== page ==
New initiative to help Binghamton University retirees, boomers
BINGHAMTON, NY – Binghamton University is hoping a new human resources initiative will be a jump-start in preparing for the fast-approaching retirement of their Baby Boomer population. With the creation of a new part-time retiree services coordinator position, the University hopes it can keep retirees connected to the campus. In turn, the University is hoping former faculty and staff will remain more actively involved with the campus community.
Presently, Binghamton University has over 500 retirees extending back to the late 1990s and has already experienced the impact that a loss of valued people moving into this new phase of their life can have on the campus community. The University is also gearing up for the prospect of having nearly a third of its 2,300 current full- and part-time faculty and professional employees eligible for retirement in the not-too-distant future.
By starting this program now, Sylvia Hall, assistant vice president for human resources, is hoping that it will grow and mature before the wave of Baby Boomers begins retiring. She notes, too, that the Baby Boomers are expected to retire differently than previous generations.
“We’re hearing that the generation retiring in the next few years often aren’t interested in completely stopping their work lives,” said Hall. “Although they may no longer wish to work full-time, year-round, they might consider “episodic” employment in which they’d work on special projects or fill-in for someone for a period of weeks or months.”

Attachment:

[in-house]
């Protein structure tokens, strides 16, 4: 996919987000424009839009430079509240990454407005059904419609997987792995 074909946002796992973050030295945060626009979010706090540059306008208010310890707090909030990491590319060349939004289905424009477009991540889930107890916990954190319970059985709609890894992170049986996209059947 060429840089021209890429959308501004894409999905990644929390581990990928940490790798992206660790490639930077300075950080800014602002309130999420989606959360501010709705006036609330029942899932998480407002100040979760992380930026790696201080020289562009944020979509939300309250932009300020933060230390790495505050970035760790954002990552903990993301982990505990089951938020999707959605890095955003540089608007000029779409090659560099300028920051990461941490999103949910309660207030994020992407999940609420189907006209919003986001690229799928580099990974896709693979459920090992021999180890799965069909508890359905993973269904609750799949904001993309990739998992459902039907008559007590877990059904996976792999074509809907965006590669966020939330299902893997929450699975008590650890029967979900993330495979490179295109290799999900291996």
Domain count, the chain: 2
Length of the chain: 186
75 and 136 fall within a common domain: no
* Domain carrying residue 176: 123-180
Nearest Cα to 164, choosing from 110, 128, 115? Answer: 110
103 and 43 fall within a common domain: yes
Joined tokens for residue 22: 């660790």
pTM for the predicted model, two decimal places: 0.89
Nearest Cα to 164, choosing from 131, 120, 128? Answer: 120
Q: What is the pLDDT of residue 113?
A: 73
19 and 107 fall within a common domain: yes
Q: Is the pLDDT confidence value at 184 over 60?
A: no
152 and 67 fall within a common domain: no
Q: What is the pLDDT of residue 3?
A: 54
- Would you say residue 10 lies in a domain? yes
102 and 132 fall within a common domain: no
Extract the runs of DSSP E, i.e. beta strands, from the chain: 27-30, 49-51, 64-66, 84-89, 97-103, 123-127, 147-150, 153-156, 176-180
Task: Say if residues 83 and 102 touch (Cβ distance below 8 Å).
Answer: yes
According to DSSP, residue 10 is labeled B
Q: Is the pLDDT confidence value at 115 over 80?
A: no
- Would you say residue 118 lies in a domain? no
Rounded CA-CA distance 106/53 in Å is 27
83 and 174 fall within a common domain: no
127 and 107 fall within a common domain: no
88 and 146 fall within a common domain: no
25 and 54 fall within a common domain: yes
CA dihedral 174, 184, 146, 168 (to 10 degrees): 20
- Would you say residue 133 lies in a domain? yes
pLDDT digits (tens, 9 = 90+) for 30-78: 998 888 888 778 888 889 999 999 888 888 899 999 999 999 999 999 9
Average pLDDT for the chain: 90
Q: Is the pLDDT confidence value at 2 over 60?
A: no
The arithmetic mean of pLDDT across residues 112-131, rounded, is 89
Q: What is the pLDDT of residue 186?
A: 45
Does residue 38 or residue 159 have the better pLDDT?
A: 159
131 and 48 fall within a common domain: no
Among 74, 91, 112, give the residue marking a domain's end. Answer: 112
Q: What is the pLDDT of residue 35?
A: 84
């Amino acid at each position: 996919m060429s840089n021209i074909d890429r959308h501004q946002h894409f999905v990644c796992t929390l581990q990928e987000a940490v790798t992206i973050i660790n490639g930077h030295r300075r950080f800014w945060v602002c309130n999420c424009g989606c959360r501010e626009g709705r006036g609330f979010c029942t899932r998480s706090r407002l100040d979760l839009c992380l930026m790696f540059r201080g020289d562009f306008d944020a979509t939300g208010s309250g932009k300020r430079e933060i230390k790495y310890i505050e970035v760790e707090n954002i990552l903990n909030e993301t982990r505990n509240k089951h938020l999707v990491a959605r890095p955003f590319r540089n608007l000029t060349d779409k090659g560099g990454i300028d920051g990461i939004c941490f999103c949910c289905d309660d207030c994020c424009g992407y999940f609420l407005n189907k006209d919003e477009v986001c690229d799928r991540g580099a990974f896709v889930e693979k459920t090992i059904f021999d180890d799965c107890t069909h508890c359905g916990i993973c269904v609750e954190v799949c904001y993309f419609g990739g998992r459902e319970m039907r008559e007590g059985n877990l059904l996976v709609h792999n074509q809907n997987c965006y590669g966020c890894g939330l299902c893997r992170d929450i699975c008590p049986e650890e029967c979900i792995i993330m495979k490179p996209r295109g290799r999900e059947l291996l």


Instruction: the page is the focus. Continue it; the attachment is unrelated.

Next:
According to Hall, many find they have done a fairly good job planning for the financial dimensions of retirement, but need a little help keeping their lives productive and fulfilling after the leave their positions. She is hoping the development of a part-time employment pool might help in that regard.
Serving as the new retiree services coordinator, Corinna Kruman has begun meeting retirees during their regular exit interviews held with employee benefits staff. The goal is to provide them with a face attached to the function, making follow-up more comfortable. Hall and Kruman said they want retirees to be aware of existing privileges such as discounted tickets for performances on campus, library privileges and e-mail accounts. They also may eventually offer a lunchtime speaker series, cooking classes and opportunities to volunteer or mentor younger workers. During this exchange, the University will also be able to gauge whether the retiree would have an interest in working on special tasks or ‘fill-in’ projects.
“There are many ways we can help retirees remain part of the University, honor their contributions and use their wisdom to advance others,” Hall said. “People often devote a huge portion of their lives to the University and it seems only right that we give them something back.”
Kruman’s consultations will augment sessions already offered by some departments and divisions, Hall said, and bring a consistent, human touch to the process.
“I see this as a terrific opportunity to build community,” said Hall. “The University needs to help people plan for the next phase of their lives, and perhaps a new paradigm of work or meaningful volunteerism can emerge for them along the way.”